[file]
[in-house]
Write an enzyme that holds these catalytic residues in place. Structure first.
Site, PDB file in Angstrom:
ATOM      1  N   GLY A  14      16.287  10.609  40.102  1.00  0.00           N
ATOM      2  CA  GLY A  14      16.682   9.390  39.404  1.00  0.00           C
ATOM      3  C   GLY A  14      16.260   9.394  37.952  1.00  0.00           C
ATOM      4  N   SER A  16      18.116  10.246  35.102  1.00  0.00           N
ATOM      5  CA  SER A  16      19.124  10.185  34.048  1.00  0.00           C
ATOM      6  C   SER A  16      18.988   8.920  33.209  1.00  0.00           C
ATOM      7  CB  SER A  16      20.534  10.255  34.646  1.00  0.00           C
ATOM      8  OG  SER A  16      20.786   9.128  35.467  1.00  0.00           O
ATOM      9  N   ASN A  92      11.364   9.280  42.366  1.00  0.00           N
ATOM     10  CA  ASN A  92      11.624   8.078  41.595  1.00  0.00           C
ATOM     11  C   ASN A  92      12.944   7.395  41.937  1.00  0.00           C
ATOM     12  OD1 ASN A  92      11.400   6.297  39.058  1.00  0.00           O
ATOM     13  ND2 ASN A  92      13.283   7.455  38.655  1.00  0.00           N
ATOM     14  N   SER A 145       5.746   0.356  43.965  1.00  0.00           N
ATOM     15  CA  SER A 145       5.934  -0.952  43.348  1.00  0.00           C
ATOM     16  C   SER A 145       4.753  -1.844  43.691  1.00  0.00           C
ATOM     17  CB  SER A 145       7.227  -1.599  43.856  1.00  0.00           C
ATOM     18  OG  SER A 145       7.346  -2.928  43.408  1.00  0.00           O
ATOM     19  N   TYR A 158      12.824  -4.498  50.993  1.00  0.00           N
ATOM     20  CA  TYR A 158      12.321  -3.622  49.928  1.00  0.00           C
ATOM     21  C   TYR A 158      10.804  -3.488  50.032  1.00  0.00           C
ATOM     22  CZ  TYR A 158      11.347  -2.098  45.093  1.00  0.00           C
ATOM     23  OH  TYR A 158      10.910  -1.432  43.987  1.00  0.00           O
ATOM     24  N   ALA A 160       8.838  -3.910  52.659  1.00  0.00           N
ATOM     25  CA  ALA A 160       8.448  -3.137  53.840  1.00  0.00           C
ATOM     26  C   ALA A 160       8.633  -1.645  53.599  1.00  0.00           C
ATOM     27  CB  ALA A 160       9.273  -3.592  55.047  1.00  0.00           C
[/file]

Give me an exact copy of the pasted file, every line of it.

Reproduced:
[in-house]
Write an enzyme that holds these catalytic residues in place. Structure first.
Site, PDB file in Angstrom:
ATOM      1  N   GLY A  14      16.287  10.609  40.102  1.00  0.00           N
ATOM      2  CA  GLY A  14      16.682   9.390  39.404  1.00  0.00           C
ATOM      3  C   GLY A  14      16.260   9.394  37.952  1.00  0.00           C
ATOM      4  N   SER A  16      18.116  10.246  35.102  1.00  0.00           N
ATOM      5  CA  SER A  16      19.124  10.185  34.048  1.00  0.00           C
ATOM      6  C   SER A  16      18.988   8.920  33.209  1.00  0.00           C
ATOM      7  CB  SER A  16      20.534  10.255  34.646  1.00  0.00           C
ATOM      8  OG  SER A  16      20.786   9.128  35.467  1.00  0.00           O
ATOM      9  N   ASN A  92      11.364   9.280  42.366  1.00  0.00           N
ATOM     10  CA  ASN A  92      11.624   8.078  41.595  1.00  0.00           C
ATOM     11  C   ASN A  92      12.944   7.395  41.937  1.00  0.00           C
ATOM     12  OD1 ASN A  92      11.400   6.297  39.058  1.00  0.00           O
ATOM     13  ND2 ASN A  92      13.283   7.455  38.655  1.00  0.00           N
ATOM     14  N   SER A 145       5.746   0.356  43.965  1.00  0.00           N
ATOM     15  CA  SER A 145       5.934  -0.952  43.348  1.00  0.00           C
ATOM     16  C   SER A 145       4.753  -1.844  43.691  1.00  0.00           C
ATOM     17  CB  SER A 145       7.227  -1.599  43.856  1.00  0.00           C
ATOM     18  OG  SER A 145       7.346  -2.928  43.408  1.00  0.00           O
ATOM     19  N   TYR A 158      12.824  -4.498  50.993  1.00  0.00           N
ATOM     20  CA  TYR A 158      12.321  -3.622  49.928  1.00  0.00           C
ATOM     21  C   TYR A 158      10.804  -3.488  50.032  1.00  0.00           C
ATOM     22  CZ  TYR A 158      11.347  -2.098  45.093  1.00  0.00           C
ATOM     23  OH  TYR A 158      10.910  -1.432  43.987  1.00  0.00           O
ATOM     24  N   ALA A 160       8.838  -3.910  52.659  1.00  0.00           N
ATOM     25  CA  ALA A 160       8.448  -3.137  53.840  1.00  0.00           C
ATOM     26  C   ALA A 160       8.633  -1.645  53.599  1.00  0.00           C
ATOM     27  CB  ALA A 160       9.273  -3.592  55.047  1.00  0.00           C